PARIS — When the French government launched a smartphone app that gives 300 euros to every 18-year-old in the country for cultural purchases like books and music, or exhibition and performance tickets, most young people’s impulse wasn’t to buy Proust’s greatest works or to line up and see Molière.
Instead, France’s teenagers flocked to manga.
“It’s a really good initiative,” said Juliette Sega, who lives in a small town in southeastern France and has used €40 (about $47) to buy Japanese comic books and “The Maze Runner,” a dystopian novel. “I’m a steady consumer of novels and manga, and it helps pay for them.”
As of this month, books represented over 75 percent of all purchases made through the app since it was introduced nationwide in May — and roughly two-thirds of those books were manga, according to the organization that runs the app, called the Culture Pass.
The French news media has written of a “manga rush,” fueled by a “manga pass” — observations that came via a slightly distorted lens, since the app arrived just as theaters, cinemas and music festivals, emerging from pandemic-related restrictions, had less to offer. And manga were already wildly popular in France.
But the focus on comic books reveals a subtle tension at the heart of the Culture Pass’s design, between the almost total freedom it affords it young users — including to buy the mass media they already love — and its architects’ aim of guiding users toward lesser-known and more highbrow arts.
Every French 18-year-old can activate the pass and spend €300, about $350, for up to two years on the app, on which over 8,000 businesses and institutions have listed their offerings.
Teenagers can buy physical goods from bookstores, record shops and arts supply or instrument stores. They can purchase tickets to movie showings, plays, concerts or museum exhibits. And they can sign up for dance, painting or drawing classes.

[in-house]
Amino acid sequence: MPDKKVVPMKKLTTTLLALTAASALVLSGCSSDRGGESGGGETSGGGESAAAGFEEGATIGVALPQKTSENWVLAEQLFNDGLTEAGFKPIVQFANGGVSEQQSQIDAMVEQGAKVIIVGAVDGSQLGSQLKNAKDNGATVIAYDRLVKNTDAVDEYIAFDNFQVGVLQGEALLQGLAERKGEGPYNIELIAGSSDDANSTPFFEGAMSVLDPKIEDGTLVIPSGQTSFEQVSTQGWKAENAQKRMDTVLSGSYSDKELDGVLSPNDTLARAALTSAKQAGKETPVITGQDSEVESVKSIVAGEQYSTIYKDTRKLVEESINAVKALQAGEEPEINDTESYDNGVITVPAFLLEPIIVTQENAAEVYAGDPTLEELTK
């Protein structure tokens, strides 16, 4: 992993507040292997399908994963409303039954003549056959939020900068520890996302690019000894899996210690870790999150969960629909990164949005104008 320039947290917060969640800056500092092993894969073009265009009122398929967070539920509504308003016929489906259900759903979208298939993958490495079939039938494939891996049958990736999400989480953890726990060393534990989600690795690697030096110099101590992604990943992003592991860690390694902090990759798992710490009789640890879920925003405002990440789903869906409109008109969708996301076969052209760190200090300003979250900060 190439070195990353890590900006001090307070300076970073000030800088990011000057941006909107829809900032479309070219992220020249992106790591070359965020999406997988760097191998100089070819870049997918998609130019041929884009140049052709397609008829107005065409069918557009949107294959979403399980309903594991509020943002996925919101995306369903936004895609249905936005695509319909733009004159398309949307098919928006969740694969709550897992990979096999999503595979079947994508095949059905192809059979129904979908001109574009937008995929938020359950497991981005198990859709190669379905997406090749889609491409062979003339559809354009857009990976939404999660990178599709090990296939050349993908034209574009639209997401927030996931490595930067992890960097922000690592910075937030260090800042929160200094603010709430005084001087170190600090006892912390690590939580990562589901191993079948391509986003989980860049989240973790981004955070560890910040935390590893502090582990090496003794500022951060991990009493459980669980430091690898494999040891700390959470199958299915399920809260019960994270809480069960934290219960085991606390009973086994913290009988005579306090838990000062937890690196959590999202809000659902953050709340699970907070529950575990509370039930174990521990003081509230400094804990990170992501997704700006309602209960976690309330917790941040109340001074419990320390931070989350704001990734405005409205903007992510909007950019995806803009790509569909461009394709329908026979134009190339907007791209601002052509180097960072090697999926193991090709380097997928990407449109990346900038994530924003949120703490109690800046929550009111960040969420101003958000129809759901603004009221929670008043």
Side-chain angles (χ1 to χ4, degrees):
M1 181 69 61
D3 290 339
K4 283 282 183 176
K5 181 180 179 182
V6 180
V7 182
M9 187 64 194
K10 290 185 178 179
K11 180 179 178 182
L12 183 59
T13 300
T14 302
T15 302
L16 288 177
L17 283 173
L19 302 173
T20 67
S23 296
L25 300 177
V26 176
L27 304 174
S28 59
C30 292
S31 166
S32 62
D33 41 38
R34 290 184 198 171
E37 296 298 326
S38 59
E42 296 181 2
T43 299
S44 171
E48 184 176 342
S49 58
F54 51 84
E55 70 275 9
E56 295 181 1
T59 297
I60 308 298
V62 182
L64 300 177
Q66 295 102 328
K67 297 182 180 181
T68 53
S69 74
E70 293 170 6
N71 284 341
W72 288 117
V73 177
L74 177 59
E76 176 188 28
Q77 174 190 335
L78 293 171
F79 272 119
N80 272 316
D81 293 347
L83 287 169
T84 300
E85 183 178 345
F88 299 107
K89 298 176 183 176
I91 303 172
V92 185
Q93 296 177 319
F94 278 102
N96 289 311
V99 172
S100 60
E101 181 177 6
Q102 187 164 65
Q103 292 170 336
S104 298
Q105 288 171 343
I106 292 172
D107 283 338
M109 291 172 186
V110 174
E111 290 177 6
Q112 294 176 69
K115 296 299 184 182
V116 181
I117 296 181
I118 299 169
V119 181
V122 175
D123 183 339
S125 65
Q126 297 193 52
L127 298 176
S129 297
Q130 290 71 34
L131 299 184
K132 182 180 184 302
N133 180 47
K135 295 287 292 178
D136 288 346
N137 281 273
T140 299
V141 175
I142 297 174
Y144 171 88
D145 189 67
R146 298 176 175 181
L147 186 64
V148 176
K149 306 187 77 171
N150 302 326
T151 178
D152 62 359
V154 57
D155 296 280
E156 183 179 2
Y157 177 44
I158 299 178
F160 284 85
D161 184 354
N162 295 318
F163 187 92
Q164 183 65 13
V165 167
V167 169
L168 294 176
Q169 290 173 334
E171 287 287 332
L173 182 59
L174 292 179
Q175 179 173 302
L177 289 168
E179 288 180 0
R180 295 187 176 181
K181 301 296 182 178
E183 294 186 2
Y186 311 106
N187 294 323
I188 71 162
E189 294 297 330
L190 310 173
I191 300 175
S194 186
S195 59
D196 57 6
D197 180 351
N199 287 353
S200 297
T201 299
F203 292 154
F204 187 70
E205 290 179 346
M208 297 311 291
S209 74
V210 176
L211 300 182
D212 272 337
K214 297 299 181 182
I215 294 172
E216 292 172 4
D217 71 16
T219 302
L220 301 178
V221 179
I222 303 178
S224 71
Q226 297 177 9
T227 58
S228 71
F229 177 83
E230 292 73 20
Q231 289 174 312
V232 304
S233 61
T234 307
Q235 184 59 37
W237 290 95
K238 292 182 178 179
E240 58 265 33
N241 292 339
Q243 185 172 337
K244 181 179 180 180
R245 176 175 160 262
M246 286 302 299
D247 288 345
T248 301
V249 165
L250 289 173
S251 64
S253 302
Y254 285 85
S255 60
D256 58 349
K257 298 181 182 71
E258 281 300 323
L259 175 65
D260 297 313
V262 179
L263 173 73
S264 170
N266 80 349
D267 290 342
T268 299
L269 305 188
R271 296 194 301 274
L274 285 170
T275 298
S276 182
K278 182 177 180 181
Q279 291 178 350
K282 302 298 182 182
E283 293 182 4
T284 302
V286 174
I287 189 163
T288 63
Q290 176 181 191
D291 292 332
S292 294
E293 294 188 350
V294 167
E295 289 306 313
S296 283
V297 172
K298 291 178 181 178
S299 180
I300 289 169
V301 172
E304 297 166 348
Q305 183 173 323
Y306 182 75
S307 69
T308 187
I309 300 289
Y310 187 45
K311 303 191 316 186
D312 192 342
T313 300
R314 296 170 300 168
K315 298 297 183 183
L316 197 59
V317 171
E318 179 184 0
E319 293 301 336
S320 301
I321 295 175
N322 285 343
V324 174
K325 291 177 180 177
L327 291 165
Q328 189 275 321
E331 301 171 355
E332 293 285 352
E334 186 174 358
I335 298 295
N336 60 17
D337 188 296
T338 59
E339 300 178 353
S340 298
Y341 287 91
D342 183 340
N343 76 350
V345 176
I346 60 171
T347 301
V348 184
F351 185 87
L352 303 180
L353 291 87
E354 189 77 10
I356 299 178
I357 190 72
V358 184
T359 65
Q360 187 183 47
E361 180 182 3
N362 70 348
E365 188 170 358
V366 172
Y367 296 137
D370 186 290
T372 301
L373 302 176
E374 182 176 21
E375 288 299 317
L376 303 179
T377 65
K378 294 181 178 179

Noël Corbin, a Culture Ministry official who oversees the project, said the pass gave France’s newly minted adults a way of looking up nearby cultural offerings — the app has a geolocation feature — and encouraged them to indulge their cultural passions.
But it also uses incentives to push teenagers toward new, more challenging art forms, he said, a type of curation to “bring young people to discover the realms of possibility of cultural life.”
Those include recommendation lists curated by Culture Pass staff members and by popular artists and celebrities, as well as access to V.I.P. events, like a live-streamed concert at the Soulages Museum in southern France and a behind-the-scenes look at the Avignon theater festival.
In a speech to launch the Culture Pass in May, President Emmanuel Macron, who had made the initiative one of his campaign promises, said that France would mark a “formidable victory” when young people stop saying, “This work of literature, this movie is not for me.”
Yet critics argue that letting 825,000 teenagers loose with free cash and expecting them to be nudged away from the nearest multiplex and into an art-house movie theater is a naïve waste of taxpayer money.
Jean-Michel Tobelem, an associate professor at the University Paris 1 Panthéon-Sorbonne who specializes in the economics of culture, said that it was a laudable effort but that it would largely benefit the mainstream media.
“You don’t need to push young people to go see the latest Marvel movie,” he said. There is nothing wrong with pop music or blockbusters, he stressed, acknowledging that “you can enter Korean culture through K-Pop and then discover that there is a whole cinema, a literature, painters and composers that go with it.”